Music To Blow Your Mind By
At Guitars Exchange we don’t just cover the mainstream acts - great as they are - but like to push the envelope and listen to outstanding guitarists who might never make the charts. That is why we’ve interviewed wonderfully talented artists like Mimi Fox, Badi Assad, and Xuefei Yang in the past, and that is why we are reviewing Blake Mills & Pino Palladino Notes With Attachments (12 March 2021; Impulse) today. We think Mills & Palladino as a team are nothing less than mind-expanding – but will you?
One of the reasons that the duo stretch the limits is that, apart from their guitars, they are fascinated by exploring new sounds, such as those made by a calabash, berimbau, Coral electric sitar, rubberized guitar, ngoni, fixed reeds, clavinet, and timbales. And that selection is from a much reduced list. The result is a sparkling mixture of jazz, folk, soft rock, funk, West African, and Cuban music in which lovely melodies delicately emerge and disappear like mist in a morning valley.
63-year-old Pino Palladino may not be a household name but the Welsh bassist is hugely respected as a session musician having played for example with Eric Clapton, on Paul Young’s Marvin Gaye cover Wherever I Lay My Head, and The Who, after the passing of John Entwhistle in 2002.
Notes With Attachments is Palladino’s first with guitarist Blake Mills (Perfume Genius, Bob Dylan, Alabama Shakes) and is reportedly the result of years of work with other musicians at Sound City studio in Los Angeles. Most of the songs – all instrumental - are less than four minutes long, but even talking about them as ‘songs’ seems a little strange, as they seem in some ways incomplete; yet that doesn’t seem important as the listener is constantly being offered ‘surprise gifts’.
Ekuté is one amazing standout track. Inspired by the Nigerian Afrobeat genius Fela Kuti it features clarinet and saxophone as the two guitarists delightfully bounce off each other. “We were trying to figure out all the different places that one beat or bassline could take you,” Mills said about the song’s development.
Djurkel is another gem, featuring dirty bass, drums, banjo and sax; it starts off as if nothing is going to happen before you realise that your feet are moving along with its seductively funky rhythm. Palladino looks like he is using his Fender Signature Precision Bass on a live version of the track but on the extended 8 minute plus version he is playing a Magnatone hurricane. Whatever; the result is like a springclean for the mind.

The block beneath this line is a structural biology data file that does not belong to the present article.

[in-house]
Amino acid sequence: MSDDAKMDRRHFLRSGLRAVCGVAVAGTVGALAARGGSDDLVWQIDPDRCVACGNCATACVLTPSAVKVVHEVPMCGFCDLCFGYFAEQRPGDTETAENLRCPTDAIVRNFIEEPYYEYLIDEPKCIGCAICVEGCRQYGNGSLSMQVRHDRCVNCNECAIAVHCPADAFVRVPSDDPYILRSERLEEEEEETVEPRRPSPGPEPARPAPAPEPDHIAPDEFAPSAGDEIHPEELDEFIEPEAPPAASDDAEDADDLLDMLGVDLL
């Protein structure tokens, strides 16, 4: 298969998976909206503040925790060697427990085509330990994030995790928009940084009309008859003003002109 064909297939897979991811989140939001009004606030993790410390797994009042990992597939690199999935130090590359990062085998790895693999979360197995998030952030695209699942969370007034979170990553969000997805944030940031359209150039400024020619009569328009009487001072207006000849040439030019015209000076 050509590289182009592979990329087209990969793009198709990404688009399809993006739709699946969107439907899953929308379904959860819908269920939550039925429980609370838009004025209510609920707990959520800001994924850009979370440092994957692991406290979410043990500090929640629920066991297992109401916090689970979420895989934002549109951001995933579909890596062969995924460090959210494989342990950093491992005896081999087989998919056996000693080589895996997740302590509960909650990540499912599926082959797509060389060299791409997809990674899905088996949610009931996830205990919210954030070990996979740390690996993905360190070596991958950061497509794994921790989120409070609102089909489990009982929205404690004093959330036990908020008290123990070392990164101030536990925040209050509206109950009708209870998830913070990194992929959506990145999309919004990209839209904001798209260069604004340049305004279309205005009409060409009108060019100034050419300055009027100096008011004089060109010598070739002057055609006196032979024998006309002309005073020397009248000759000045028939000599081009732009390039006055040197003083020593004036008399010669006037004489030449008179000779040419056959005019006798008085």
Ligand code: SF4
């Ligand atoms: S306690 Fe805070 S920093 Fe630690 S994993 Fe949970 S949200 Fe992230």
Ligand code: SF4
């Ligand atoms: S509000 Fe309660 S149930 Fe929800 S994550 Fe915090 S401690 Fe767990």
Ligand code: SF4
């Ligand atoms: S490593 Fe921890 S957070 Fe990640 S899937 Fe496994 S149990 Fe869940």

Man From Molise reportedly started off as a Palladino piece inspired by Brazilian musician Hermeto Pascoal before Mills added his fairy dust and created something radically new on what appears to be his Gibson ES-330. As Palladino says about Mills’ contribution:"As the project evolved in the first weeks and months and I saw Blake's responses to my ideas, we realized that the album would be a collaborative album."
Notes with Attachments is a record from two incredible musicians who have allowed themselves to ‘walk free’ with their enormously talented friends and colleagues, and see where it takes them. The approach might almost be described as subversive and disruptive, and when you hear what Mills has to say about it, it seems to confirm that perspective: “I think both of us are musically drawn to find some kind of exception to a rule [and, specifically,] not to cater to its typical sensibilities, whether that was stylistically, with the arrangement, with the mix, with instrumentation. Once we caught a scent of something, we’d start heading in the opposite direction to see what we might find.” And on this showing what they found stretches the envelope of musical creativity, and can legitimately be described as mind-blowing.